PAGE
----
TAMPA, Fla. — The Tampa Bay Buccaneers continued to self-destruct on Sunday. Their offense was wildly inconsistent, and it started with quarterback Jameis Winston, who accounted for three turnovers in a 24-21 loss to the Detroit Lions that dropped them to 4-9.
In Winston’s second game back from injury, he threw two interceptions and had a lost fumble, setting up 14 points for the Lions. A franchise quarterback should not turn the ball over this much in a game at home when he’s fully-healthy.
The first interception came on second-and-9 in the second quarter. Rolling out of the pocket, Winston underthrew wide receiver DeSean Jackson, and cornerback Darius Slay cut in to take it. The takeaway set up a Lions touchdown by Golden Tate. While Winston’s pass was poorly thrown, Jackson didn’t appear to put much effort into the route.
“Twenty-three (Slay) made a great play,” Winston said. “I have to make a better throw or not throw it at all. Mike [Evans] was coming over late from the backside. I need to make a better decision there.”
Winston’s second pick came on the opening drive of the third quarter. Trying to hit tight end O.J. Howard on a seam route. He instead saw his pass land in the hands of cornerback Quandre Diggs, whom Winston and Koetter both believe got away with pass interference. Howard would have been in position to make the catch otherwise.
“I’m confident in saying that Jameis thought [O.J.] was going to be able to run by,” Koetter said. “Jameis thought [O.J.] was going to be able to get through the corner and safety there — that’s what it looked like to me, but I [was] looking at it from the side view.”
Winston might have been charged with a third interception when a pass intended for Jackson bounced out of the receiver’s hands and was recovered by Diggs, but the call was reversed and the play ruled an incomplete pass. Later, Winston fumbled as he was sacked at the Detroit 45-yard line, setting up another Lions touchdown.
“Listen, I don’t have eyes in the back of my head. They have a defense that plays too,” Winston said. “I know it’s a big thing of me ‘doing too much to try to make a play’ but that happens in the NFL. Obviously I have to do a better job of taking care of the football. The other turnovers — I can’t control those but I can definitely control mine and those three were very bad on me.”
Winston has now turned the ball over 53 times in 42 career games — second only to Jacksonville Jaguars quarterback Blake Bortles since 2015. Last week against the Green Bay Packers, Winston’s fumble was returned by Dean Lowry for a touchdown that proved the difference-maker in a game that went into overtime.
He was able to deliver two touchdowns in the second half against the Lions: a 2-yard pass at the beginning of the fourth quarter on third-and-goal, with Howard selling the block and out-running a defensive end to the corner of the end zone; and then, off play-action, Winston found offensive tackle Leonard Wester (who had checked in as an eligible receiver) for another 2-yard touchdown, tying the game at 21-21.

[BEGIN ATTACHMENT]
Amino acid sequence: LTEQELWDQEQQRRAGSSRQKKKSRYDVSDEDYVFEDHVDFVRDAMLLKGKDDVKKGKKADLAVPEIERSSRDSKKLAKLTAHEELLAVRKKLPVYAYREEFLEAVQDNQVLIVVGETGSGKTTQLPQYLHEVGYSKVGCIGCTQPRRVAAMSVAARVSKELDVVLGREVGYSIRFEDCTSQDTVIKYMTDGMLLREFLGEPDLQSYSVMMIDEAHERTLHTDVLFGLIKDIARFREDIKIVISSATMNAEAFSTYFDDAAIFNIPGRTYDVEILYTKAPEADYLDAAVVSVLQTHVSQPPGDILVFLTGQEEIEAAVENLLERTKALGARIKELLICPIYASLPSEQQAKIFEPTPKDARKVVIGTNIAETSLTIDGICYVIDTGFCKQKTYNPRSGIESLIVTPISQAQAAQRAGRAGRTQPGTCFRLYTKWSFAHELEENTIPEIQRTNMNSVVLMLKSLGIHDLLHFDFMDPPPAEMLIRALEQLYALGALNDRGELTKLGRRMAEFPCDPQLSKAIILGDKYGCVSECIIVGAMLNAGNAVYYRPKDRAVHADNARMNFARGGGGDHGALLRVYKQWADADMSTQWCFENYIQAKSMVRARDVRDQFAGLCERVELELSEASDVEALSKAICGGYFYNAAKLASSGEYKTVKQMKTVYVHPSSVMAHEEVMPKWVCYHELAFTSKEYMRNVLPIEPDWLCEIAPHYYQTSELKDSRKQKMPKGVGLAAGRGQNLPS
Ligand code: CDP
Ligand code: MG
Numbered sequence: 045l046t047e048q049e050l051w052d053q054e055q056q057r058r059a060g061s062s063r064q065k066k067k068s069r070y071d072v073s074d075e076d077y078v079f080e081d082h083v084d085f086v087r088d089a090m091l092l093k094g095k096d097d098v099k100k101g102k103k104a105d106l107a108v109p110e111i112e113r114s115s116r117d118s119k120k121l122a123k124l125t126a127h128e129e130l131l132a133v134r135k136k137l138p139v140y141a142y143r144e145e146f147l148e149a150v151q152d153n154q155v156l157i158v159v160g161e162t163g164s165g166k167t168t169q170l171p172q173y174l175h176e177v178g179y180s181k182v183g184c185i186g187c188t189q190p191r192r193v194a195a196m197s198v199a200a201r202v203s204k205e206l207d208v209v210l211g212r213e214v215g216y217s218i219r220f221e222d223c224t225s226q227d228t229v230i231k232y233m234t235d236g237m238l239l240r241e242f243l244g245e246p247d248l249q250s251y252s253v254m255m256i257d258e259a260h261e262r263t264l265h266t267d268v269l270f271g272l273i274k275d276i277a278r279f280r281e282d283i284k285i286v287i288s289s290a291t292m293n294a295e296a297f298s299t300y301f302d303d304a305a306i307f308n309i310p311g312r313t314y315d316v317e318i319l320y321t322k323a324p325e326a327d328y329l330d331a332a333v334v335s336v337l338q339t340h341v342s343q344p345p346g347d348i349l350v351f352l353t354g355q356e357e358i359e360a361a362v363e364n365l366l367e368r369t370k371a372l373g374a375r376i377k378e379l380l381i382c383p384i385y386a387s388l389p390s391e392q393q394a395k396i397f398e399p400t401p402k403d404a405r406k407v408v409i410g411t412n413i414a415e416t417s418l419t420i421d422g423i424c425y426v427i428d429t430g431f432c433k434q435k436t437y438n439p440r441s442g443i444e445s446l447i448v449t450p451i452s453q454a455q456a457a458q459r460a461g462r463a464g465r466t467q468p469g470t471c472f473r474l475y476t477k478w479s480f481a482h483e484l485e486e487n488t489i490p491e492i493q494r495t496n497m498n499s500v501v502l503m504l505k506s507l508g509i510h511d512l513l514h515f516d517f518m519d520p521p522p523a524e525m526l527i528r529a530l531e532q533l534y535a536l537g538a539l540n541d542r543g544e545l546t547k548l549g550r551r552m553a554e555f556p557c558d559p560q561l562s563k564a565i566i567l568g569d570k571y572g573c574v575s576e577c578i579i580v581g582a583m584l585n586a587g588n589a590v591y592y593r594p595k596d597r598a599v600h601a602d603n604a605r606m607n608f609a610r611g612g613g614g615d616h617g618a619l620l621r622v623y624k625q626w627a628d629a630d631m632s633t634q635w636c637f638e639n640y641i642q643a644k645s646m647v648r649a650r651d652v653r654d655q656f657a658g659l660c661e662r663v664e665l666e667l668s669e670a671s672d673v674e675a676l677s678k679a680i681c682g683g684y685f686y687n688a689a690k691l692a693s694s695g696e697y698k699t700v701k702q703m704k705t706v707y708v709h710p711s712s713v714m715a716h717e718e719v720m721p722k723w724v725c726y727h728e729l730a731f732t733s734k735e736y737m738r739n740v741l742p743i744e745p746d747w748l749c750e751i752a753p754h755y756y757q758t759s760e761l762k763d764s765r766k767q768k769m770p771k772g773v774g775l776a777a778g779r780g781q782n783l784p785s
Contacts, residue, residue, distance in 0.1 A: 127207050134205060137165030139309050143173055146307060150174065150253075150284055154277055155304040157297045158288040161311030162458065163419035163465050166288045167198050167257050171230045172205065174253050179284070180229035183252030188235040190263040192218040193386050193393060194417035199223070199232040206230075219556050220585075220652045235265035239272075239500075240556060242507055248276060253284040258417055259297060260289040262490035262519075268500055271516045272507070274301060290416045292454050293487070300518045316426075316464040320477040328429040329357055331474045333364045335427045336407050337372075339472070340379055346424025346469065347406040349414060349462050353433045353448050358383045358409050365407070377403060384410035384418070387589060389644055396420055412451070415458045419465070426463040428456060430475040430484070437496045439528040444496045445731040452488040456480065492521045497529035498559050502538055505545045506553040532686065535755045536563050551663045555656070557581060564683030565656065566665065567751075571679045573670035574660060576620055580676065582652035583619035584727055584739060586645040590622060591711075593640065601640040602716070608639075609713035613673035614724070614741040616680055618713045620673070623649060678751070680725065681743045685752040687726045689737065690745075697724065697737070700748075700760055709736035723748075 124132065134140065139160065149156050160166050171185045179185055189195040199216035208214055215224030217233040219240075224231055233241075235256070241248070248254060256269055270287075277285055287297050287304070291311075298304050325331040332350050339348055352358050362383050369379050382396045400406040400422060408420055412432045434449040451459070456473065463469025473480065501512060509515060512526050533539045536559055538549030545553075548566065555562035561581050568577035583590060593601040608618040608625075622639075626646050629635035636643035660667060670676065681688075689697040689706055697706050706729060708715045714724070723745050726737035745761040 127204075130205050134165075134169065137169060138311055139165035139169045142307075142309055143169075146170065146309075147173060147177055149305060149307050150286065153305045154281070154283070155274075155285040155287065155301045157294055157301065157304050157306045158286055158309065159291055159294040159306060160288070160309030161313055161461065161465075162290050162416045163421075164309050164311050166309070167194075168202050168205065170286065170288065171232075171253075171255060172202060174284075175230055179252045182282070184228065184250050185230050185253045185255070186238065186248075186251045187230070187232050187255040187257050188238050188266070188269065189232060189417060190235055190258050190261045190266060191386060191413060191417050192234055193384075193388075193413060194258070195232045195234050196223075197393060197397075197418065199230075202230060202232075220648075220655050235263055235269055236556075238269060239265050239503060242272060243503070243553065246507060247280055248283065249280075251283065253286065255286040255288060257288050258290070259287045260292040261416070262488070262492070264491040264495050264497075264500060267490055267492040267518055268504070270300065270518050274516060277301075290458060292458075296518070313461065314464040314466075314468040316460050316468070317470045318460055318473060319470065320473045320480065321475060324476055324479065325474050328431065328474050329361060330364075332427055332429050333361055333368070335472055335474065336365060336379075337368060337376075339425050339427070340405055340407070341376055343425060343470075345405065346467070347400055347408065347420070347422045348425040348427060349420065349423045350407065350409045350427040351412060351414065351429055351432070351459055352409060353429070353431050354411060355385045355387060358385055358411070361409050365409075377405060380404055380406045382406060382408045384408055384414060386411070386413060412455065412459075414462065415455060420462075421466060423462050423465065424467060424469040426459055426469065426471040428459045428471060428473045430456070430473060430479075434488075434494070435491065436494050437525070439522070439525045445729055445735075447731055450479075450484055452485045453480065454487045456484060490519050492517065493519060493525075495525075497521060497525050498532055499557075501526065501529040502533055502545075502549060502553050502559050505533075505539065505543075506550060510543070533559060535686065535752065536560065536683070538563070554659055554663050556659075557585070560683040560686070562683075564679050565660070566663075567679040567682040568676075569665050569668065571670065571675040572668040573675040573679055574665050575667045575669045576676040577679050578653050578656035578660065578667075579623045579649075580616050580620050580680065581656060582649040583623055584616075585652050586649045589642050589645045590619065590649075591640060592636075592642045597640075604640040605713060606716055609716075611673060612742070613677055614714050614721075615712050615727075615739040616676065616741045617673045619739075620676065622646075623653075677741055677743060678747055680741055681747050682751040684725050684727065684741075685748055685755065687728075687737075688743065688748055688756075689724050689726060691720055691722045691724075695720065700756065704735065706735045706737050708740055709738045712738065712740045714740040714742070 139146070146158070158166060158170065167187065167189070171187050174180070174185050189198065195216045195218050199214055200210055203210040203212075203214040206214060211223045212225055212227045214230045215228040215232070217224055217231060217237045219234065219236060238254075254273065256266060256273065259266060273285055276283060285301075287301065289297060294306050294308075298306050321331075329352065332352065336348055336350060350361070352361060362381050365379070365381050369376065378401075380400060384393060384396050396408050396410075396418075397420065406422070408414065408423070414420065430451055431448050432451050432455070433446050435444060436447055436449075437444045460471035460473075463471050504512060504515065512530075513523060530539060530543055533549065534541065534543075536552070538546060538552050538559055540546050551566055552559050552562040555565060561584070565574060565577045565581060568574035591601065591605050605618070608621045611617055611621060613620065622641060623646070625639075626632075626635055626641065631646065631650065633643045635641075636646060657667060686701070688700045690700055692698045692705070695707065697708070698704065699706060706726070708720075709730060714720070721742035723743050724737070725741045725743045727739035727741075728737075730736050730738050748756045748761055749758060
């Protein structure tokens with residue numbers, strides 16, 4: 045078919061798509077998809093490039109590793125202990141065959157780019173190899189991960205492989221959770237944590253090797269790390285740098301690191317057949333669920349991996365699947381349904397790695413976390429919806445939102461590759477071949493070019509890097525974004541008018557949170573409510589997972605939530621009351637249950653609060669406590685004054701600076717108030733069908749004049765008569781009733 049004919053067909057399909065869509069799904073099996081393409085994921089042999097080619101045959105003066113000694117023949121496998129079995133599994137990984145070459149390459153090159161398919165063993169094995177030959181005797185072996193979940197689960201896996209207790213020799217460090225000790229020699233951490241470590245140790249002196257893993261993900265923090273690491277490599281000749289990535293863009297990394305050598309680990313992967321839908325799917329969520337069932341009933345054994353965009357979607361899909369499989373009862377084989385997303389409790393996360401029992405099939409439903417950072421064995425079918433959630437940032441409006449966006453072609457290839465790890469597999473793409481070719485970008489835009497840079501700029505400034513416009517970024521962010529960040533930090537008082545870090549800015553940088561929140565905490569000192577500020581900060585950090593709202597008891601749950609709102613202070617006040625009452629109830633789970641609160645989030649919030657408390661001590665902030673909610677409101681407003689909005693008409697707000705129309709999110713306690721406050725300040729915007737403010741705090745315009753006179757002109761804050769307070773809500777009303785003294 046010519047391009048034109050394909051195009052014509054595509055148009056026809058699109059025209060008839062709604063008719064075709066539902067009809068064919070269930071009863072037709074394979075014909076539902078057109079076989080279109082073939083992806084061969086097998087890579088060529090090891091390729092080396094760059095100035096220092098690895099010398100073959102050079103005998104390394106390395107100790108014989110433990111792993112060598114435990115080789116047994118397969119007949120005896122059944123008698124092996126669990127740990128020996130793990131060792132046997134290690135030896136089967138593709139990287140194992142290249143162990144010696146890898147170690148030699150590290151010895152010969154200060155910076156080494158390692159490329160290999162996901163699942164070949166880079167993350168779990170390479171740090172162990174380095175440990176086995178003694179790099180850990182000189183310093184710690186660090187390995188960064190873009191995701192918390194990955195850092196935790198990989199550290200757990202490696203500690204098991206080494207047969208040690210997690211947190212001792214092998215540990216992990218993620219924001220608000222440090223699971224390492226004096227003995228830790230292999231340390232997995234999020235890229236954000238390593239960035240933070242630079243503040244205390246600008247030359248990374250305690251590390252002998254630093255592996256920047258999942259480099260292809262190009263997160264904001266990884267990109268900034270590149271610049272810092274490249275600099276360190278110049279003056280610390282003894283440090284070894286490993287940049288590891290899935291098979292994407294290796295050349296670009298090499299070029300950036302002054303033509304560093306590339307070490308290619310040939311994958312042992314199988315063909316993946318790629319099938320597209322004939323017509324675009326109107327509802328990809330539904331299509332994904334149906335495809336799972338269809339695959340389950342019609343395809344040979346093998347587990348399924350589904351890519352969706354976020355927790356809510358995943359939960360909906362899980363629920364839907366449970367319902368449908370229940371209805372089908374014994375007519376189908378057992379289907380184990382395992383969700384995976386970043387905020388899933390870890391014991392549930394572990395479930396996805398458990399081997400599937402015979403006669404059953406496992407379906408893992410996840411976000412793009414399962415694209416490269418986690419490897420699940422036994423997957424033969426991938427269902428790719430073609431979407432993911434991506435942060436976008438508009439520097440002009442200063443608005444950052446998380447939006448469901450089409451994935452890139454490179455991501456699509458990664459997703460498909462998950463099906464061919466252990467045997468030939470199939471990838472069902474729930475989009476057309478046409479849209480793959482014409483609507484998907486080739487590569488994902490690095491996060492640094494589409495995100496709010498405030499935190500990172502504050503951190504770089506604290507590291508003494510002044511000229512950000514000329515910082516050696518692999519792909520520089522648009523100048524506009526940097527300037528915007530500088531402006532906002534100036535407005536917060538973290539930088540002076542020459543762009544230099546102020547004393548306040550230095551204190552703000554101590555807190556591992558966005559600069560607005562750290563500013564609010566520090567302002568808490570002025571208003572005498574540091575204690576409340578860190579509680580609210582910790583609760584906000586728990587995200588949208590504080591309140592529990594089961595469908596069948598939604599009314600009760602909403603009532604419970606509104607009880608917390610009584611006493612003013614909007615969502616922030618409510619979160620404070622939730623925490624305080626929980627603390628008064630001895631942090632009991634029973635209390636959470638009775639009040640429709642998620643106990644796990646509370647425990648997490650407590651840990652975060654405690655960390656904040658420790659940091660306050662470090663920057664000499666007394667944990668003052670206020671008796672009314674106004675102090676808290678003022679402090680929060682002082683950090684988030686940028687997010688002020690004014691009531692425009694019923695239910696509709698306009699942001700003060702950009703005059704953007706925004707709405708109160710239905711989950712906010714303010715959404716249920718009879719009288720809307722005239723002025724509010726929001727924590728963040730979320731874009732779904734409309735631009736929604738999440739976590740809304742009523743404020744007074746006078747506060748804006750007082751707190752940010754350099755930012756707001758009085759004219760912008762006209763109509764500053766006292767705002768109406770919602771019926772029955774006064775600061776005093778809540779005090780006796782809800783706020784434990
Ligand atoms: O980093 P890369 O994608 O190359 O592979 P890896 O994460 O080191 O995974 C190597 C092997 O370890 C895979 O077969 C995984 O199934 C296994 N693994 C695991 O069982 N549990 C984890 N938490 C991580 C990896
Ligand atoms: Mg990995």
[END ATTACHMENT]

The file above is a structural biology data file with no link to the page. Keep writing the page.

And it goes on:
“We still fought back and [had] a chance at this game,” Winston said. “If we score on those drives and don’t turn it over, it’s a different story. I have to do a better job of taking care of the football.”
It wasn’t just on Winston. At the end of the first quarter, Howard fumbled a 21-yard catch at the Detroit 17-yard line that was recovered by Diggs. Running back Doug Martin, who had a 1-yard touchdown run in the first quarter, fumbled on third-and-1 late in the second quarter when the Bucs were at the Lions’ 23-yard line with a chance to tie it up just before halftime.
“It’s definitely frustrating, it’s definitely frustrating,” said Martin, who said that he needed to have the ball closer to his body on the play. “We’ve talked about protecting the ball all year and we’ve done a decent job of it, but this game, definitely not so.”
After Sunday’s loss, coupled with what happened in Green Bay last week, however, the Bucs now have 20 turnovers for the season, tied for fifth-most in the league.
They also have 83 penalties — 17th in the league — although no number can speak to the untimeliness of an illegal use of hands by Caleb Benenoch wiping out a 15-yard catch by Evans on a two-minute drive. Or the false start penalty with the game tied late in the fourth quarter. Or what happened last week when Evan Smith’s penalty killed the Bucs’ two-minute drill, instead sending them into overtime. Those penalties can’t happen, especially with the defense so short-handed.
Five-time Pro Bowl defensive tackle Gerald McCoy, their best pass-rusher, left the game in the second quarter with a right shoulder/biceps injury. Already struggling to get pressure even with a healthy McCoy, the defense had to rely on a back end that arguably has been even more inconsistent than the offense this year.
It was, however, able to generate three takeaways, with interceptions from cornerback Brent Grimes and Robert McClain and a fumble recovery from linebacker Lavonte David — holding the Lions to 10 points in the second half. A 46-yard field goal by Matt Prater won the game.
The Bucs were gifted by the schedule gods to play three of their four final games at home. A strong finish to a very rocky Year 3 could go a long way toward helping stoke confidence in Winston that has been waning. For Koetter, he needs all the help he can get to stick around for another year, and he didn’t get that Sunday.